26 September '10
It’s not easy to perceive or to portray the well-integrated Jews of Britain as “The Other”. The expulsion of all the Jews in medieval England by King Edward I in 1290 meant that, in contrast to the European Continent, no compulsory gated ghettos with strictly imposed curfews developed in Britain. By the time Jews were formally readmitted in 1656 a Protestant Reformation had taken place which swept away the old “Papist” superstitions and doctrines that had proved so deleterious to Jews – the cult of Little St Hugh of Lincoln, for example, the child who was said to have been ritually murdered by Jews in 1255 and who was venerated as a martyr with a shrine at Lincoln Cathedral. No less than Cromwell, King Charles II, who came to the throne in 1660, valued Jews for their beneficial services to this country’s commerce, and permitted the little mercantile community, which at that time consisted entirely of Sephardim, to remain.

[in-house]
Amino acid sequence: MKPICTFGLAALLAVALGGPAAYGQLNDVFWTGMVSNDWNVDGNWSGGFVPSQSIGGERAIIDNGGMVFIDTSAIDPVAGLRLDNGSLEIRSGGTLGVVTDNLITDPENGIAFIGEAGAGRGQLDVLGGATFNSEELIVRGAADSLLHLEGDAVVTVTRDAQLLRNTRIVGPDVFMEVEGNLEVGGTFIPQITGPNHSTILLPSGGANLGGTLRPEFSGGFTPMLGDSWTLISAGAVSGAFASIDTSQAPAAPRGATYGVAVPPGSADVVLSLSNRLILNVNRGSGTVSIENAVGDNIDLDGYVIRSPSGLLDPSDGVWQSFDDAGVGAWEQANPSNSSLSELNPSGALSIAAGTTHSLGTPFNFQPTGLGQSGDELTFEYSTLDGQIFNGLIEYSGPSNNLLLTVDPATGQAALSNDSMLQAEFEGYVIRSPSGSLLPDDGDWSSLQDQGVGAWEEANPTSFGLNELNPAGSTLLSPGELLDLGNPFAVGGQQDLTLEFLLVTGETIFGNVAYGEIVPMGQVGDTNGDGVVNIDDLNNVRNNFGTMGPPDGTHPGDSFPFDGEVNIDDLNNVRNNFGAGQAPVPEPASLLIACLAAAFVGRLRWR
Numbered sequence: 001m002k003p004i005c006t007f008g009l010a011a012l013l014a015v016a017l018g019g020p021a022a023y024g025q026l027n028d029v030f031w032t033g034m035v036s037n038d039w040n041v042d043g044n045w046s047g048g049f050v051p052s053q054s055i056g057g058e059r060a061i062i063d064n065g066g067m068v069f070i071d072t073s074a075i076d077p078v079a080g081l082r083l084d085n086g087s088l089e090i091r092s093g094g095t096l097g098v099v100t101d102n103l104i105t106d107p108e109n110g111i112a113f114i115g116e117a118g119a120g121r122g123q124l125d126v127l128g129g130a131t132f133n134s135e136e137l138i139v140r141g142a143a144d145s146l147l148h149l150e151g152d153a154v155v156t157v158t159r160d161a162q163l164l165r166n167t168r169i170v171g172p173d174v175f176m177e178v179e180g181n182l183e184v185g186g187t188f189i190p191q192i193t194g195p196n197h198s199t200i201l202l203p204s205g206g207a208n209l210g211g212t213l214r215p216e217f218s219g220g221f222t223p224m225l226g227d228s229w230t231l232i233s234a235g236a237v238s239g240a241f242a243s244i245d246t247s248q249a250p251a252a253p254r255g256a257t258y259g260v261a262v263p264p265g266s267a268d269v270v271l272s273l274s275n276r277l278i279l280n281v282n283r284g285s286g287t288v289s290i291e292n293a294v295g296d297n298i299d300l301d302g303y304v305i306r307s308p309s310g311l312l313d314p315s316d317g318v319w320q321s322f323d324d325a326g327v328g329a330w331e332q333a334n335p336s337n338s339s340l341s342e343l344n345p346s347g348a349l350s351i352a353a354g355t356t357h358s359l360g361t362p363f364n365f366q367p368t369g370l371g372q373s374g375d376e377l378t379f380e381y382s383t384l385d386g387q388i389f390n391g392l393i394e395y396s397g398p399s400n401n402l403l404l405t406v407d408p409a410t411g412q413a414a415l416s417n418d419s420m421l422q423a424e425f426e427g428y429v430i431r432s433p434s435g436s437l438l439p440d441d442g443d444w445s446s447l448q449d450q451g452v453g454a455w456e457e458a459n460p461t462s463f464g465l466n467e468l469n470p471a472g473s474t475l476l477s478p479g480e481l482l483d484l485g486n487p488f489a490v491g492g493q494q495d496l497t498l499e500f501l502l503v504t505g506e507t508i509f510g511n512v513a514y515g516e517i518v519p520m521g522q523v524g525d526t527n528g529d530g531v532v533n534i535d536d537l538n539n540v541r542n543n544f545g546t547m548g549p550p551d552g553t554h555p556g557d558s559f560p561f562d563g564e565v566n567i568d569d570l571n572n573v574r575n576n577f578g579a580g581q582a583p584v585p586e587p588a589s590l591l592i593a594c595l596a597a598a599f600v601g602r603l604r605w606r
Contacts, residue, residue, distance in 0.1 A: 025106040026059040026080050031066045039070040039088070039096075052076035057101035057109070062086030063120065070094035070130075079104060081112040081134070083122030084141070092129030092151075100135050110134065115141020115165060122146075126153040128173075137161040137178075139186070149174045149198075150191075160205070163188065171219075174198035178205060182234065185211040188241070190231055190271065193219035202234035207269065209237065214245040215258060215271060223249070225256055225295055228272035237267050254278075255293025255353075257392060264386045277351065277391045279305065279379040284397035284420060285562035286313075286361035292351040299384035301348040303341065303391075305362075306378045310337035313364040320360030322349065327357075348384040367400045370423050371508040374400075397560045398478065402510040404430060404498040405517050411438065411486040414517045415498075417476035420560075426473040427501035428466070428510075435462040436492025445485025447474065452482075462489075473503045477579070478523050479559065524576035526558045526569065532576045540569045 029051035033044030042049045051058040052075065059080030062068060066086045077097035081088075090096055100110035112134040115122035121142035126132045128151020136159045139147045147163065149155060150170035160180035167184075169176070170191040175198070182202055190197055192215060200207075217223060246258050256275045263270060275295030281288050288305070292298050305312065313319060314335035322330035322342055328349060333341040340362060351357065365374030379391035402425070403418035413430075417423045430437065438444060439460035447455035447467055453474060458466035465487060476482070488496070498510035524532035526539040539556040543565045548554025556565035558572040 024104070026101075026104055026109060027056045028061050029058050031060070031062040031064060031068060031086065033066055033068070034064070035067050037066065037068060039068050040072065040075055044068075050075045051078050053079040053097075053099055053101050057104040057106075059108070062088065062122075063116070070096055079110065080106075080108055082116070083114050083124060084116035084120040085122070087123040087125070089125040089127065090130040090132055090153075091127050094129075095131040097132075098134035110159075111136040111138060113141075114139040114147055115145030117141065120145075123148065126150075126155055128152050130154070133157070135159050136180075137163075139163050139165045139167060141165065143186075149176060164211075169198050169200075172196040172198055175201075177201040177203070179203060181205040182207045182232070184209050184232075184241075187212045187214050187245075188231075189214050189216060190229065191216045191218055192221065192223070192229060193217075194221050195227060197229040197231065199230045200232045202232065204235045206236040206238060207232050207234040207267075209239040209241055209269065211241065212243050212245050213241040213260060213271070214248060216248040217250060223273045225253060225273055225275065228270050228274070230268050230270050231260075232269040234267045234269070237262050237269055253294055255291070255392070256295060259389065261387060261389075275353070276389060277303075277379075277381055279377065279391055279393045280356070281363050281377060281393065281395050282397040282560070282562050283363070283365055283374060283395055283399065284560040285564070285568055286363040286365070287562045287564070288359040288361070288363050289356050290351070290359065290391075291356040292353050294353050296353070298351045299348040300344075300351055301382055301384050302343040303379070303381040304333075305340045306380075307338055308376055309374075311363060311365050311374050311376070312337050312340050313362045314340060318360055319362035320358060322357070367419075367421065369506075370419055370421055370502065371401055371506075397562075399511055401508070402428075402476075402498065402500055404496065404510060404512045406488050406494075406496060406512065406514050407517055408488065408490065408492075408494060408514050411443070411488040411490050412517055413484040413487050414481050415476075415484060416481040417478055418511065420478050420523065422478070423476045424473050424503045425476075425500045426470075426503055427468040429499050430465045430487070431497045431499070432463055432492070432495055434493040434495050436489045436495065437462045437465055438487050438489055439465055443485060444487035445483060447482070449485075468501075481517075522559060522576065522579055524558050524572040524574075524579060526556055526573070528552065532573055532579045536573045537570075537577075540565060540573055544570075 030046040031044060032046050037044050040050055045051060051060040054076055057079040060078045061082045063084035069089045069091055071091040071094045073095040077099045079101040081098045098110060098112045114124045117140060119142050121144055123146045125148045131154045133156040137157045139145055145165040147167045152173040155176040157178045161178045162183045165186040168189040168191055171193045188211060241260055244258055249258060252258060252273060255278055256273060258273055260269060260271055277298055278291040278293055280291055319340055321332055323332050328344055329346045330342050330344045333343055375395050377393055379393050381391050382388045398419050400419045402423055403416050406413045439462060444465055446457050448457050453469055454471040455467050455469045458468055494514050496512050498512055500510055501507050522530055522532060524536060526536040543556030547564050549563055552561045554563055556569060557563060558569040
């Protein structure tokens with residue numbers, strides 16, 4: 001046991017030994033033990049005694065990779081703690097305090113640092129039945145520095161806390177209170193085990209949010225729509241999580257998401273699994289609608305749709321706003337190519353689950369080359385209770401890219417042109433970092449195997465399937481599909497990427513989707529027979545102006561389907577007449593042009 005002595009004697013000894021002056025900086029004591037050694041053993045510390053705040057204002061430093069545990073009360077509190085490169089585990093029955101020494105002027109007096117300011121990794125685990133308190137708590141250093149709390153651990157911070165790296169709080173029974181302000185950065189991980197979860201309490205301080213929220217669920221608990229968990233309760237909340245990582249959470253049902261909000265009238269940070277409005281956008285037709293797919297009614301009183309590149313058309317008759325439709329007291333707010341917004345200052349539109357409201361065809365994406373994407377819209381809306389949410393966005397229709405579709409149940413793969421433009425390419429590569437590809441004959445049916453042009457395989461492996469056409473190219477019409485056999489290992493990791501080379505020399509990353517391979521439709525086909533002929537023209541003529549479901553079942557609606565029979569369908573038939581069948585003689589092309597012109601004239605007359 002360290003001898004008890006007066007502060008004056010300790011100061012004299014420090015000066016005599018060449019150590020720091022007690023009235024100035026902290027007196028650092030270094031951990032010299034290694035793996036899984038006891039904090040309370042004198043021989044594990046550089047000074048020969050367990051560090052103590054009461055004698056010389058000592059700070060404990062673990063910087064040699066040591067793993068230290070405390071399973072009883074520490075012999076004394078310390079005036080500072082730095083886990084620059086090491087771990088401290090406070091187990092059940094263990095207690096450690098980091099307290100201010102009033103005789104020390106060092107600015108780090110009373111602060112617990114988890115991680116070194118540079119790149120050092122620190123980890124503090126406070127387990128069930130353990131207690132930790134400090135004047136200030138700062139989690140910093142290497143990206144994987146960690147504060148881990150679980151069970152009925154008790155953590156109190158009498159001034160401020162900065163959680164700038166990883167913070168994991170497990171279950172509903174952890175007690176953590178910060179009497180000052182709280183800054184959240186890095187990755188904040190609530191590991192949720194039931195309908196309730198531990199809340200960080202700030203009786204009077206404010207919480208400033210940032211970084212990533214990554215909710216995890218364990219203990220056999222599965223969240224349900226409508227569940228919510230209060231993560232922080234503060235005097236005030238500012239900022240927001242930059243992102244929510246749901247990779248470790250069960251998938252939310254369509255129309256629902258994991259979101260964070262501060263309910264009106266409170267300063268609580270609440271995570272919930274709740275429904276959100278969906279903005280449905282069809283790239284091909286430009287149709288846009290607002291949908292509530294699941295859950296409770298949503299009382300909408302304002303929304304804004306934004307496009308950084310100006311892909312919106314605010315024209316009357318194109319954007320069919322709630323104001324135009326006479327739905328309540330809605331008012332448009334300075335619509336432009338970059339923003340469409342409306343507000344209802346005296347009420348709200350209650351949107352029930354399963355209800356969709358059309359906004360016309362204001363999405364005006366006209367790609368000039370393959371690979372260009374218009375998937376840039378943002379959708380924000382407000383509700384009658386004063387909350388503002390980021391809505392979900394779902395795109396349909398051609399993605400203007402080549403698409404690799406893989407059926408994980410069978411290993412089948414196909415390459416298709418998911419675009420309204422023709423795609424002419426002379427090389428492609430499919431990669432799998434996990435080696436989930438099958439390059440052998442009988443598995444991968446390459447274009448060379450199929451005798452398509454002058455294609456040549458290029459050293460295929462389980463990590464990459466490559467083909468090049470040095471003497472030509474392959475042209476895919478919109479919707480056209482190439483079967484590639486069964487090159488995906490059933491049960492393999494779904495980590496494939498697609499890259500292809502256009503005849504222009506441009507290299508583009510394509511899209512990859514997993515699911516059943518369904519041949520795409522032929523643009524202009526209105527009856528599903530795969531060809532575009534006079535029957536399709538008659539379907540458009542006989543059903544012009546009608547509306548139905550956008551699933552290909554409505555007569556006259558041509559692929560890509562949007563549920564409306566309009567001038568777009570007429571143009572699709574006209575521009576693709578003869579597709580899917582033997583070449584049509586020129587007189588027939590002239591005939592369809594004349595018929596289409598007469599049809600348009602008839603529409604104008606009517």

On the European Continent, Jews, very often in distinctive garb, were widely perceived – and despised – as medieval people, relics of the Middle Ages and followers of an archaic religion. Owing to their long absence from this country, in Britain there were no compulsory ghettos, as there were on the Continent, and the “Jew badge” was a thing of the past. Jews were not obliged to dress differently from Christians, and there was little in outward appearance to distinguish them from Christians. There was no need for the kind of “Emancipation” which was played out (frequently in fits and starts) on the Continent during the eighteenth, nineteenth, and even early twentieth centuries. For Anglo-Jewry after 1656 “Emancipation” revolved centrally and almost exclusively around the struggle for the right of professing Jews to sit in Parliament, a campaign stepped up in the 1830s following the emancipation of Nonconformists and Roman Catholics, and finally proving victorious in 1858.
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England....So many thoughts
2 days ago